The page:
On the domestic side of things, the company’s foundry in Independence, Oregon is in capacity operation. In February 1968, Franklin Equipment Co. purchased the foundry, formerly called “Jeddeloh Brothers Sweed Mills, Inc.” and changed its name to “Franklin Sweed Division, Franklin Equipment Co..” Adolph Jeddeloh, former president at Jeddeloh, who immigrated from Germany following World War II, is now a vice president of Franklin Equipment Co. but continues to reside in Independence, Oregon.
Prior to the Franklin Equipment Co. acquisition of the foundry, Jeddeloh had been producing the winch drum, and various other casted housings for components used on the “Franklin Logger.” President Roger W. Drake, commenting on the purchase of the Oregon facility, said “we are exercising much more control over the acquisition of a good part of the materials required to put a complete logging tractor out the door, and to the customer.” Drake added, “the foundry, in addition to pouring ductile iron castings for winches, has complete machining facilities which enables us to manufacture the total winch as well as other complete components such as transmission/transfer cases, axles, etc.
Drake continued. “Ductile castings produced in Oregon are transported to Franklin by our own line of trucks; then, on the next trip out, our trucks will deliver scrap metal for recycling. Those same trucks will pick up and deliver other materials, such as tires and engines, along the way.”
The Oregon facility, in addition to operating as a foundry, is now manufacturing the “Franklin Logger” for the West Coast market.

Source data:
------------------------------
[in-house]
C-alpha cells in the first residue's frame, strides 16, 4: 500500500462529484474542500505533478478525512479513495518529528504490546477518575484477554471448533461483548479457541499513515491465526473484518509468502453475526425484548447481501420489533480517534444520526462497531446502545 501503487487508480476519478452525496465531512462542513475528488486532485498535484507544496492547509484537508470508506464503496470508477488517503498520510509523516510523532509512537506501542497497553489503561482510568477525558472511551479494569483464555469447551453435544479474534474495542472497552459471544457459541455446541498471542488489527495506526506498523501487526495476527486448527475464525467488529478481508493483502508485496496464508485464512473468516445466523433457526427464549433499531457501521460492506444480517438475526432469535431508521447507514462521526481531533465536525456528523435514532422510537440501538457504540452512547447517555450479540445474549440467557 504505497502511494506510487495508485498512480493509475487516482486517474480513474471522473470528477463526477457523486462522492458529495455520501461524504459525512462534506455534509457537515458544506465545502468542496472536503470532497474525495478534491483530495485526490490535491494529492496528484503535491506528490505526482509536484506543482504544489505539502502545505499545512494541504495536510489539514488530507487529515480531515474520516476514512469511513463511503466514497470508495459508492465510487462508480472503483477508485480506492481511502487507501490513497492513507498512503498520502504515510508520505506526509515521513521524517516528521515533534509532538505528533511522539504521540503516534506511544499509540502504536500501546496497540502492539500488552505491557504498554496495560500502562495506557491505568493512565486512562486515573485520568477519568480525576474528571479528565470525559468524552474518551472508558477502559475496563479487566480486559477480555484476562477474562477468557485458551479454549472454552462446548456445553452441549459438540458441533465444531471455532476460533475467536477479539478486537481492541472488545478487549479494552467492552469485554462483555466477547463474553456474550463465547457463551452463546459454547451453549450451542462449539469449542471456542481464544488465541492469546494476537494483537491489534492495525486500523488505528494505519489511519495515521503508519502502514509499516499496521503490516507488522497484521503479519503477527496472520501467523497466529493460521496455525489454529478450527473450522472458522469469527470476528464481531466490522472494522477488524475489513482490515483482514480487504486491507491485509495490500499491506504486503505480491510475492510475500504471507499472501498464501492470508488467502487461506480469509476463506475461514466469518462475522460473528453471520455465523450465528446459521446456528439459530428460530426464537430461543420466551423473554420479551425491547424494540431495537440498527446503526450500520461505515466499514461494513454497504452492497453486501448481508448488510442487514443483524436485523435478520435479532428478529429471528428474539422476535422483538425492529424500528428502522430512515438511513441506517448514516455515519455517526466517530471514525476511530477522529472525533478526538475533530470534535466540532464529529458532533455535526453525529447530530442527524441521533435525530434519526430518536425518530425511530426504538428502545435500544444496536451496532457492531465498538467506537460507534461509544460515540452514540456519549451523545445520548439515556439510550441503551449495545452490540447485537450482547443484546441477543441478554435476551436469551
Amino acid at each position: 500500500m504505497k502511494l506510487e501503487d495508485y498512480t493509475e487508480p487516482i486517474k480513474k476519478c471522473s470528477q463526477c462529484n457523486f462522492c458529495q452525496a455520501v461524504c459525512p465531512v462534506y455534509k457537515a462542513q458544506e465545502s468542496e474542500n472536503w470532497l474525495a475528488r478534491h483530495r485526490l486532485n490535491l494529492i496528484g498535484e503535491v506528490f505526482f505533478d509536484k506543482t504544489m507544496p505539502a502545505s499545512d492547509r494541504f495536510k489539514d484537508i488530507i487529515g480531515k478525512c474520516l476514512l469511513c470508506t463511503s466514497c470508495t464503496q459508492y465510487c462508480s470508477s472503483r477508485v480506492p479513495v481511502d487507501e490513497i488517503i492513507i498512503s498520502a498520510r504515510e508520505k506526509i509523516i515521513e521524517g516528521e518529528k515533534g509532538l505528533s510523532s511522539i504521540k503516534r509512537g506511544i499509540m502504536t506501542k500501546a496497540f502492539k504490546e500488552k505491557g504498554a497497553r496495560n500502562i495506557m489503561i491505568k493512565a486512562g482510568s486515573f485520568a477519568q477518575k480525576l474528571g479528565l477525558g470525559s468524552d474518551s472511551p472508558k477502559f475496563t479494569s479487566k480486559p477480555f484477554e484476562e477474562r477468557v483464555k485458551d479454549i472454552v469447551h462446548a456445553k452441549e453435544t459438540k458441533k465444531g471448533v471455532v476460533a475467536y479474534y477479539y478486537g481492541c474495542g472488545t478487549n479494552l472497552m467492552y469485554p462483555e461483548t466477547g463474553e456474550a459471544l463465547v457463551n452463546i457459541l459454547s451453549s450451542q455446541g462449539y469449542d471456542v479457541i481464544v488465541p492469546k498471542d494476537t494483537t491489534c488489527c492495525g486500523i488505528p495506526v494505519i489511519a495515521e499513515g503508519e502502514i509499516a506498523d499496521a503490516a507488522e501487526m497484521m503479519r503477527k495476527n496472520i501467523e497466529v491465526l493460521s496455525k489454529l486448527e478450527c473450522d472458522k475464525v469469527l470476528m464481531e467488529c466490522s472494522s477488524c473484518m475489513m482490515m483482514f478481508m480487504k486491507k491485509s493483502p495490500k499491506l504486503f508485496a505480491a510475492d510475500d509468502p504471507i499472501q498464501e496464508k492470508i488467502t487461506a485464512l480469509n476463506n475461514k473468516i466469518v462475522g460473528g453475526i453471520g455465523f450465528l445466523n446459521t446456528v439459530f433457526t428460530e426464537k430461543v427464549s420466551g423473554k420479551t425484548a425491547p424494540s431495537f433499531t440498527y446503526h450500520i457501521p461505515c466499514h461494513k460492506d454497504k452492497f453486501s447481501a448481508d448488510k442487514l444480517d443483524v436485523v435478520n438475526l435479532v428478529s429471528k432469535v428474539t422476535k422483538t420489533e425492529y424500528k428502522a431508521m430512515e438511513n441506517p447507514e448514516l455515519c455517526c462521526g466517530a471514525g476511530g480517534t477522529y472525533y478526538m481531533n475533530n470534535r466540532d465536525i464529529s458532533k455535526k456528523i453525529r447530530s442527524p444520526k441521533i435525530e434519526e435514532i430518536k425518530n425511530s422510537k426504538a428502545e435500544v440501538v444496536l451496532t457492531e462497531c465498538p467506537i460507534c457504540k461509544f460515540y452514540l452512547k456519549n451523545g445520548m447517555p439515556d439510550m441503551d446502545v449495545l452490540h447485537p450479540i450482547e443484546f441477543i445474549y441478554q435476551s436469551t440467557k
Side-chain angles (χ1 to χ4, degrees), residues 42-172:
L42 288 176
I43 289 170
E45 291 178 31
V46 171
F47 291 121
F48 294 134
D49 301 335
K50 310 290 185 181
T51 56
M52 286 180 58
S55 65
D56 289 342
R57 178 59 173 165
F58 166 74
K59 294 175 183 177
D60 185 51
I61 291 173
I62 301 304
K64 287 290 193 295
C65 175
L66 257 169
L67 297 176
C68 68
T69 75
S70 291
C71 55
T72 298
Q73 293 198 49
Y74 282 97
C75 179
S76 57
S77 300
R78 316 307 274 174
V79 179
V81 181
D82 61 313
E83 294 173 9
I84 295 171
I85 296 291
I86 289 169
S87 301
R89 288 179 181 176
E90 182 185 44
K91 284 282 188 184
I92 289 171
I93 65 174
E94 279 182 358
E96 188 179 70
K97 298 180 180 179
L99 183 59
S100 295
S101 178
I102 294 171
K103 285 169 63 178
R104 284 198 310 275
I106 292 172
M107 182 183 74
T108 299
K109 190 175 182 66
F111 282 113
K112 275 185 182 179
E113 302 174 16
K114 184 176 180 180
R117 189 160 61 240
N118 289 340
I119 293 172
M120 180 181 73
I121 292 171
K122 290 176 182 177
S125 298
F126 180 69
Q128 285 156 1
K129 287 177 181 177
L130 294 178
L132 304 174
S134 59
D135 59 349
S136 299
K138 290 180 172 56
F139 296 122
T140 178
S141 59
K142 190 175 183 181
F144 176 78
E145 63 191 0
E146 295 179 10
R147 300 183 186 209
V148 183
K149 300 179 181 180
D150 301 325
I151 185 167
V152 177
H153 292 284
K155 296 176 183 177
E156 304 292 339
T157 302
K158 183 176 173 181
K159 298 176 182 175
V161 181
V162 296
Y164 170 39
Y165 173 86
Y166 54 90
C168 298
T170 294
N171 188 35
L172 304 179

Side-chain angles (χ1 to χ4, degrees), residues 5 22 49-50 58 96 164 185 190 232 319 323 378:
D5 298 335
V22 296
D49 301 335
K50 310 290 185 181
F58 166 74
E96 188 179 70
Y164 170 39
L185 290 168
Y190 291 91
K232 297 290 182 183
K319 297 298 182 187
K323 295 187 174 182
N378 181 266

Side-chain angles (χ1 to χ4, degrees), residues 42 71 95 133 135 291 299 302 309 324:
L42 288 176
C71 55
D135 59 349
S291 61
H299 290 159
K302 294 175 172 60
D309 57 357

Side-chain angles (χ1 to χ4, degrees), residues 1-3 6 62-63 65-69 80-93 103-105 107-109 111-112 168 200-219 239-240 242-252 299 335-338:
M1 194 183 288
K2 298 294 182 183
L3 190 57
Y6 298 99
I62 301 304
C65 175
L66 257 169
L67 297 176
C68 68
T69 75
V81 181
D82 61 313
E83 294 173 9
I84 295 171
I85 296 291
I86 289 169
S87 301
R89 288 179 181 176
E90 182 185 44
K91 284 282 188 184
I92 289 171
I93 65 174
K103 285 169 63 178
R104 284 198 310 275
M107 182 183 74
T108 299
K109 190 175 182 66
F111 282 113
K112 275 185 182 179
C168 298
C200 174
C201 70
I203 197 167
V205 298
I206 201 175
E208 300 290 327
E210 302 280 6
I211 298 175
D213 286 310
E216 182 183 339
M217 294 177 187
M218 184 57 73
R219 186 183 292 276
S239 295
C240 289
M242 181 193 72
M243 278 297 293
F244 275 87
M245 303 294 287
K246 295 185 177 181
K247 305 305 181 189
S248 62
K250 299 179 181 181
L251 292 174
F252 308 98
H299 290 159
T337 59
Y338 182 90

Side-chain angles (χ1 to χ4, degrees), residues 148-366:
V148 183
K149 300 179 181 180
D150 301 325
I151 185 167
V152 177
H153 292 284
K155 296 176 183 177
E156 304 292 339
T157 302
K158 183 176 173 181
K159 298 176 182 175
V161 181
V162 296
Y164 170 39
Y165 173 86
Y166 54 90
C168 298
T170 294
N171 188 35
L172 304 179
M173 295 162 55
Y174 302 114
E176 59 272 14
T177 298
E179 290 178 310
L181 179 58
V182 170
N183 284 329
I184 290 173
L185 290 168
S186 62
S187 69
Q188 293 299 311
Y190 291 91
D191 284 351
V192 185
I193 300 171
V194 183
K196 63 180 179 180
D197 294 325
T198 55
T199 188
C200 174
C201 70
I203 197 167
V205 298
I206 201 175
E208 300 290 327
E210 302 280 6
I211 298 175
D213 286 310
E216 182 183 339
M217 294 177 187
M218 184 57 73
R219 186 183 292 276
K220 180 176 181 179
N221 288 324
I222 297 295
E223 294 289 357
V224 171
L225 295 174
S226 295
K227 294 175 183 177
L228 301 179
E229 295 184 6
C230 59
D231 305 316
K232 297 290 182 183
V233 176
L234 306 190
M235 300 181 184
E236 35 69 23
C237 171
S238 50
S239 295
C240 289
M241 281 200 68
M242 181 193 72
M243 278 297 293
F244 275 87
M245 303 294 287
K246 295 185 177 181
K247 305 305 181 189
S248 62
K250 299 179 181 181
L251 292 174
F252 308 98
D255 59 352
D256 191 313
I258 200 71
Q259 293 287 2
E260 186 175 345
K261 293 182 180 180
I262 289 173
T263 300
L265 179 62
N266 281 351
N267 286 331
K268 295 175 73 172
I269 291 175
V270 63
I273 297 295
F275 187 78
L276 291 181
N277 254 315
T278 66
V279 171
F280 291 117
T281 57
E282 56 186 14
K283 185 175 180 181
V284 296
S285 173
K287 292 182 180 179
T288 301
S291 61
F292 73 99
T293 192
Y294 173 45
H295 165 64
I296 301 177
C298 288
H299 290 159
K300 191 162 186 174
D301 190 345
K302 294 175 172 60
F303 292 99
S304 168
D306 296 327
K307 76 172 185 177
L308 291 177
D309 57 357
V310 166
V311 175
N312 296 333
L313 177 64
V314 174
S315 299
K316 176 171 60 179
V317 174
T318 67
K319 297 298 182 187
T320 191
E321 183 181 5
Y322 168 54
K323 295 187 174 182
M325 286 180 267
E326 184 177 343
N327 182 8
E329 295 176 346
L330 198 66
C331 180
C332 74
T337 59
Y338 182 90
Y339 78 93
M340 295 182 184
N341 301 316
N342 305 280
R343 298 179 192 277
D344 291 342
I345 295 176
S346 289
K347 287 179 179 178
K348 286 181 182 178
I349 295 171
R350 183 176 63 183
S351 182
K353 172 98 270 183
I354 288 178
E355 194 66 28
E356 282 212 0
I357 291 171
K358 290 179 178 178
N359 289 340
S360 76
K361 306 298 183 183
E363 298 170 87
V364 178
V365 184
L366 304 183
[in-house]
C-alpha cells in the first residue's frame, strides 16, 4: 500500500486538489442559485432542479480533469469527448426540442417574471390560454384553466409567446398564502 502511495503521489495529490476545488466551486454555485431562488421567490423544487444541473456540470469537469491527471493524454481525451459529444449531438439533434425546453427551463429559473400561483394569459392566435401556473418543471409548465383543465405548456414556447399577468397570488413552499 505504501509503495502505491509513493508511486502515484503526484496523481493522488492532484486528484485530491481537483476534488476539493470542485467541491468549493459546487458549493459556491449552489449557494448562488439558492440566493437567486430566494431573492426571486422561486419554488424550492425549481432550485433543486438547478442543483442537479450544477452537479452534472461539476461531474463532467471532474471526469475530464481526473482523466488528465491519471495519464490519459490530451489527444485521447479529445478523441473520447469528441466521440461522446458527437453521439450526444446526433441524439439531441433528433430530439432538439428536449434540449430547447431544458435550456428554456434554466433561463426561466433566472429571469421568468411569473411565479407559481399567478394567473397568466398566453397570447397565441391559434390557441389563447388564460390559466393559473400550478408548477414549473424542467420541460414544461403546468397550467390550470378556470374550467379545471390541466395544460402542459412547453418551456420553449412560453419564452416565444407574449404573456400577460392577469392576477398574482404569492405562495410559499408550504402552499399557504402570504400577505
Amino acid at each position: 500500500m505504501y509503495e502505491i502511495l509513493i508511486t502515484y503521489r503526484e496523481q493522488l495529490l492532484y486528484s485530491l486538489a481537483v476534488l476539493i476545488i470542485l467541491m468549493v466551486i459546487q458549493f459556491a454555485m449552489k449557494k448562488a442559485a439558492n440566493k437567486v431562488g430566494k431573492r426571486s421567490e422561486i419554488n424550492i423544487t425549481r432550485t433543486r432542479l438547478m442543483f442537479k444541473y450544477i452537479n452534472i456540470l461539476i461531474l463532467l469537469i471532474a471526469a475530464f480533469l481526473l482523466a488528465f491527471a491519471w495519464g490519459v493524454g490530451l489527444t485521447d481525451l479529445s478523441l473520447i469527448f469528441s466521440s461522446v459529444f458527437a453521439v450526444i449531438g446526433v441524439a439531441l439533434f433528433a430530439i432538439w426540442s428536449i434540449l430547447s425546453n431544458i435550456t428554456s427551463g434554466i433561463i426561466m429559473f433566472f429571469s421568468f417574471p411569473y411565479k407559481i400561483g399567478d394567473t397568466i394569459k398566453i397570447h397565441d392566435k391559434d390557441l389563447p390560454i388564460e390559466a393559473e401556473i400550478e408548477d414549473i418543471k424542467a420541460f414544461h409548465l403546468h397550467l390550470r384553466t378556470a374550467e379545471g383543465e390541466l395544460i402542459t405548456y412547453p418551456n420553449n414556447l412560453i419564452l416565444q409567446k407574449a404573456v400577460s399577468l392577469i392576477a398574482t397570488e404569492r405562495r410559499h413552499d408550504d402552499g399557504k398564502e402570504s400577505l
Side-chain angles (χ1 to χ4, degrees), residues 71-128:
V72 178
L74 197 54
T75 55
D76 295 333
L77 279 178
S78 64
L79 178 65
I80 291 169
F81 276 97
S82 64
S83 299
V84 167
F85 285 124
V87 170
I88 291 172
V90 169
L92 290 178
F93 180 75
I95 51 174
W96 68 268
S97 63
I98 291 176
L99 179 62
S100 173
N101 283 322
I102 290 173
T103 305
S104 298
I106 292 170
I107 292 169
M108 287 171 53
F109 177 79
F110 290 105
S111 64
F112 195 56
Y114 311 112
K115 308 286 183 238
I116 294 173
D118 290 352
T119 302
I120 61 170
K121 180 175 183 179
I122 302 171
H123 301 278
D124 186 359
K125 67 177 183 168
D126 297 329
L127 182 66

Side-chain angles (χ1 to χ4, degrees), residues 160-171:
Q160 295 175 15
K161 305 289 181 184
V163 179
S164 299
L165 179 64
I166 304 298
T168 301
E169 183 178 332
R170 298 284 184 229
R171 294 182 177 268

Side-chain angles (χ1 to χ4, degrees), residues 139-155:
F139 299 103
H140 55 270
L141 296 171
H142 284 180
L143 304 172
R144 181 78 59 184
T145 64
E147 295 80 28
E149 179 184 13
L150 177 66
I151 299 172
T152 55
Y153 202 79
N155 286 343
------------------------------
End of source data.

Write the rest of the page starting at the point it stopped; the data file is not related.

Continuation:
As of Jan. 1, 1971, 250 people were employed at the Franklin, Virginia plant and approximately 50 people were employed in Oregon. Eventually, 50-75 people will be working at the Canadian facility.
Franklin Equipment Co., as of Jan. 1, 1971, was marketing its products through approximately 100 dealership locations in 25 states and numerous foreign countries. The “Franklin” logo can be seen on equipment and signages in many places across the country and around the world.
NOTE: Franklin Equipment Co. was officially founded on July 16, 1962, in Franklin, Virginia by Roger W. Drake, a native of Boykins and a World War II veteran. That founding was preceded by four years of prototype tractor-testing and trials by Union Bag-Camp Paper Corp. The first manufacturing facility was in a hangar at Franklin Municipal Airport. When that facility proved to be inadequate space-wise, the company relocated to a facility at 217 East Second Avenue in downtown Franklin, operating there until 1966 when the Company moved into a 280,000 square foot facility at Councill and Carver Roads in Camptown.
In later years, Franklin Equipment Co. went through a few other expansions. In 1976, it acquired Dana Corporation’s Gear and Axle Division, in Detroit, and relocated it to Franklin; and, in 1991, the “Tree Farmer” equipment company, a competitor, based in Talladega, Alabama, was purchased and its product line was transferred to an assembly line at the Franklin, Virginia plant. Both acquisitions, contributed significantly to the region’s industrial development.
Effective Jan. 1, 2009, Franklin Equipment Company went out of business.